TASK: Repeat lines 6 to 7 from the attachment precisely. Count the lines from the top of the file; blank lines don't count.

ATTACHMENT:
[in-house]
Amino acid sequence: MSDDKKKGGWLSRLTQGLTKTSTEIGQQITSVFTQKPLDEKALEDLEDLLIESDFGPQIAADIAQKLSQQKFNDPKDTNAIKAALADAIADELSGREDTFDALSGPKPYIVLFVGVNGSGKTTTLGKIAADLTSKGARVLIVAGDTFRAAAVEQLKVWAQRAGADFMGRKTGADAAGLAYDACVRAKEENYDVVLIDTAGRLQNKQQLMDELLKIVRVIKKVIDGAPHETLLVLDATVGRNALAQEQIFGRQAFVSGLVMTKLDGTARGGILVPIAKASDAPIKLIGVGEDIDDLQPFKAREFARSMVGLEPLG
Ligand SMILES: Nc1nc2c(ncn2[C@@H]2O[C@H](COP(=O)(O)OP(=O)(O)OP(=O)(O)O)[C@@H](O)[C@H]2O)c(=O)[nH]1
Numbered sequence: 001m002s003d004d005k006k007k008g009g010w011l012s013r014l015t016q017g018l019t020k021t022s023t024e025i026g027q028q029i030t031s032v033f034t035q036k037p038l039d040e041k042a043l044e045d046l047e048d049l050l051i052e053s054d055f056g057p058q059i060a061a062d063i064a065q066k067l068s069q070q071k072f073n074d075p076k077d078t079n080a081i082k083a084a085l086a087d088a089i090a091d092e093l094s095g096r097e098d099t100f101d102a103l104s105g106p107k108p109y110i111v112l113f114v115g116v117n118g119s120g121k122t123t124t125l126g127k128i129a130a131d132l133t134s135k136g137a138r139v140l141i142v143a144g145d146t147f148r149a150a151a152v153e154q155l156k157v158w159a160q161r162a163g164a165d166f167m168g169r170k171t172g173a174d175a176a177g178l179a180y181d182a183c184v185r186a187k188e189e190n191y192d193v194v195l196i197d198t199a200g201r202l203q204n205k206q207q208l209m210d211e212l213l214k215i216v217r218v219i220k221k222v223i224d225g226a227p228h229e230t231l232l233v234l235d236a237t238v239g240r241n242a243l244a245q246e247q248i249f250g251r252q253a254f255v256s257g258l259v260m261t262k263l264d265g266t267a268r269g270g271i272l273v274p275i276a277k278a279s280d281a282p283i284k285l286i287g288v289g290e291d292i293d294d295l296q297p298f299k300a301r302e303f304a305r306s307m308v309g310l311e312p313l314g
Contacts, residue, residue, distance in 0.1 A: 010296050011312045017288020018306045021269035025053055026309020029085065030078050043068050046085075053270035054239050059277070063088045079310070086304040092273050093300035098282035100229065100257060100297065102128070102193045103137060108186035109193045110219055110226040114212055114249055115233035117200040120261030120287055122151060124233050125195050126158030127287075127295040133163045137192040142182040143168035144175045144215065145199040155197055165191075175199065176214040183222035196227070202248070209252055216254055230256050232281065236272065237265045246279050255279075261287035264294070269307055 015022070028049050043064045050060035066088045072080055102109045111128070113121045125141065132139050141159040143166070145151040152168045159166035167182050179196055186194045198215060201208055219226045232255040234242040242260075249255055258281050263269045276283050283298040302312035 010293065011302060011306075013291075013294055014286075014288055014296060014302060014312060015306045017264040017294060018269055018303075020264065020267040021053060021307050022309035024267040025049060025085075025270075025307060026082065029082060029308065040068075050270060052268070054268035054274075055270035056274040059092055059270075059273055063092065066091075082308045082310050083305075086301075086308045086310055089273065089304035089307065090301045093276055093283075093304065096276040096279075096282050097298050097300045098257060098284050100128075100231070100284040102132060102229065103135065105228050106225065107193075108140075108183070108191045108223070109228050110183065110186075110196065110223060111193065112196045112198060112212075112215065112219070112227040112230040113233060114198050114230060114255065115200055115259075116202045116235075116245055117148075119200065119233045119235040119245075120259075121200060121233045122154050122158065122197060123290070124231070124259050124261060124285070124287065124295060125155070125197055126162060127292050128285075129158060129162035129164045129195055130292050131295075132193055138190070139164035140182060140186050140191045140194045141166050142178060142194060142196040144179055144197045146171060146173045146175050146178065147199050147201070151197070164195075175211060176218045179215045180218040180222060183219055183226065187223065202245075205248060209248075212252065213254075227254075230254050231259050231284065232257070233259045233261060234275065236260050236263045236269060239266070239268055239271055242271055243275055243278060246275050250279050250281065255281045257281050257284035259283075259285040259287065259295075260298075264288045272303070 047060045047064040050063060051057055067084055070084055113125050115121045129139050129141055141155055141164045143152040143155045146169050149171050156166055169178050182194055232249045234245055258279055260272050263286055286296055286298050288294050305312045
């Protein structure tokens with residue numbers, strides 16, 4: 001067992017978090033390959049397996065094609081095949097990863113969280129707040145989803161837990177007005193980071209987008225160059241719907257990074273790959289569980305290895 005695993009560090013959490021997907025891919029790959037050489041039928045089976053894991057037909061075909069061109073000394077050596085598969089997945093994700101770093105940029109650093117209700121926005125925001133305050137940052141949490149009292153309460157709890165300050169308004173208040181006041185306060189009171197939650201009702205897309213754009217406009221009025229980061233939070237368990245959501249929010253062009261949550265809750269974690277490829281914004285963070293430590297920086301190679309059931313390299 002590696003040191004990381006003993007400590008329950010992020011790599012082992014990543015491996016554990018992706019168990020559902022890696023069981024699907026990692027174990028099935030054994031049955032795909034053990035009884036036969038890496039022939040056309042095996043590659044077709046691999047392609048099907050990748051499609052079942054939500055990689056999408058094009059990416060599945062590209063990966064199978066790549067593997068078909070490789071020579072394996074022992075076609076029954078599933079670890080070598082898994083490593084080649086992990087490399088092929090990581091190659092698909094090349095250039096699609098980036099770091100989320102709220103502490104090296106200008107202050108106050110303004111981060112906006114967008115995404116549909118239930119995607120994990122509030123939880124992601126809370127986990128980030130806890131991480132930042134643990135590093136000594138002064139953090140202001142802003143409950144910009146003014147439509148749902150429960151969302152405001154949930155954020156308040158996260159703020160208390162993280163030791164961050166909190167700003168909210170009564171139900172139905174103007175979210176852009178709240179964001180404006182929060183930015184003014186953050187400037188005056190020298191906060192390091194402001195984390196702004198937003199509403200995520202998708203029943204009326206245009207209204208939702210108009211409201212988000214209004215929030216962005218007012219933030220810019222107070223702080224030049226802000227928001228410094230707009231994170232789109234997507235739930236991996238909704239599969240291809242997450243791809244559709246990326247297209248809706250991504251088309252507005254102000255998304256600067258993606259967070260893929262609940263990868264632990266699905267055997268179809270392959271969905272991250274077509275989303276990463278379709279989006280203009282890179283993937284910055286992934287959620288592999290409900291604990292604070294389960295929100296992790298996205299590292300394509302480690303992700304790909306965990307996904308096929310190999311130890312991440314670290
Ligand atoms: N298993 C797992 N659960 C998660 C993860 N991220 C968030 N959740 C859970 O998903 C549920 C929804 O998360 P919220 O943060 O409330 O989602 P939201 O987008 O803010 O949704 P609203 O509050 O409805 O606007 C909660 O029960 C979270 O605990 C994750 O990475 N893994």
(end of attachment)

């Protein structure tokens with residue numbers, strides 16, 4: 001067992017978090033390959049397996065094609081095949097990863113969280129707040145989803161837990177007005193980071209987008225160059241719907257990074273790959289569980305290895 005695993009560090013959490021997907025891919029790959037050489041039928045089976053894991057037909061075909069061109073000394077050596085598969089997945093994700101770093105940029109650093117209700121926005125925001133305050137940052141949490149009292153309460157709890165300050169308004173208040181006041185306060189009171197939650201009702205897309213754009217406009221009025229980061233939070237368990245959501249929010253062009261949550265809750269974690277490829281914004285963070293430590297920086301190679309059931313390299 002590696003040191004990381006003993007400590008329950010992020011790599012082992014990543015491996016554990018992706019168990020559902022890696023069981024699907026990692027174990028099935030054994031049955032795909034053990035009884036036969038890496039022939040056309042095996043590659044077709046691999047392609048099907050990748051499609052079942054939500055990689056999408058094009059990416060599945062590209063990966064199978066790549067593997068078909070490789071020579072394996074022992075076609076029954078599933079670890080070598082898994083490593084080649086992990087490399088092929090990581091190659092698909094090349095250039096699609098980036099770091100989320102709220103502490104090296106200008107202050108106050110303004111981060112906006114967008115995404116549909118239930119995607120994990122509030123939880124992601126809370127986990128980030130806890131991480132930042134643990135590093136000594138002064139953090140202001142802003143409950144910009146003014147439509148749902150429960151969302152405001154949930155954020156308040158996260159703020160208390162993280163030791164961050166909190167700003168909210170009564171139900172139905174103007175979210176852009178709240179964001180404006182929060183930015184003014186953050187400037188005056190020298191906060192390091194402001195984390196702004198937003199509403200995520202998708203029943204009326206245009207209204208939702210108009211409201212988000214209004215929030216962005218007012219933030220810019222107070223702080224030049226802000227928001228410094230707009231994170232789109234997507235739930236991996238909704239599969240291809242997450243791809244559709246990326247297209248809706250991504251088309252507005254102000255998304256600067258993606259967070260893929262609940263990868264632990266699905267055997268179809270392959271969905272991250274077509275989303276990463278379709279989006280203009282890179283993937284910055286992934287959620288592999290409900291604990292604070294389960295929100296992790298996205299590292300394509302480690303992700304790909306965990307996904308096929310190999311130890312991440314670290
Ligand atoms: N298993 C797992 N659960 C998660 C993860 N991220 C968030 N959740 C859970 O998903 C549920 C929804 O998360 P919220 O943060 O409330 O989602 P939201 O987008 O803010 O949704 P609203 O509050 O409805 O606007 C909660 O029960 C979270 O605990 C994750 O990475 N893994």